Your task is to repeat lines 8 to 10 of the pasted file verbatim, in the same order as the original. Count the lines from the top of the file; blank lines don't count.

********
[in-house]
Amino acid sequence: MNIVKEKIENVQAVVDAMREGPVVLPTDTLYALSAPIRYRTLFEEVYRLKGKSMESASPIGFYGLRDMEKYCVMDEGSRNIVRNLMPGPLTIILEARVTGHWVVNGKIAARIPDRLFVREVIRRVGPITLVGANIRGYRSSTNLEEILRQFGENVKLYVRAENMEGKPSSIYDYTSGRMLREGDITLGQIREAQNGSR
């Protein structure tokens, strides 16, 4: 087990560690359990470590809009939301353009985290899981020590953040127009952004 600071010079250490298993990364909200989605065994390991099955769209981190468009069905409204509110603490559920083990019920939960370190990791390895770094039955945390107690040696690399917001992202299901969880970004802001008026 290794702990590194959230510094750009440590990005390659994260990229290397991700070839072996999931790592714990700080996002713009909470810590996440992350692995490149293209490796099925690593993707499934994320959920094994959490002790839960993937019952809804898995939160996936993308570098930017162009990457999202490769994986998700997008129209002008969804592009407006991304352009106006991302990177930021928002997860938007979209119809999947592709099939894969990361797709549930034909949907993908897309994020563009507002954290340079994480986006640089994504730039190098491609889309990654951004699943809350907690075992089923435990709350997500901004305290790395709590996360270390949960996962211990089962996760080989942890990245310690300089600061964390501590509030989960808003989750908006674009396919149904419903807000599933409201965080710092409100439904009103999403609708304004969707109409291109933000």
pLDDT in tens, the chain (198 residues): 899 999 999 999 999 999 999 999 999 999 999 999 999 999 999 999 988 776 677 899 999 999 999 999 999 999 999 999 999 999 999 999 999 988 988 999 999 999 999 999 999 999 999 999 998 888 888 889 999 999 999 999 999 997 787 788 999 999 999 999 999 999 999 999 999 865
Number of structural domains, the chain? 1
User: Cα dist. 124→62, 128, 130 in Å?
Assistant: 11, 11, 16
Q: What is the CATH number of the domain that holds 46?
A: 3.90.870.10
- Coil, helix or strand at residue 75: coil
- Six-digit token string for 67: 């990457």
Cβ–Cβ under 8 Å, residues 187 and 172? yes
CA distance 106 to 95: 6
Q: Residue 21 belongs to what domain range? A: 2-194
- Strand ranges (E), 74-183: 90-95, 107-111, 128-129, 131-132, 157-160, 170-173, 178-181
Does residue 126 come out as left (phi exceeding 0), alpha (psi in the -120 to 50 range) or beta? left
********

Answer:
Q: What is the CATH number of the domain that holds 46?
A: 3.90.870.10
- Coil, helix or strand at residue 75: coil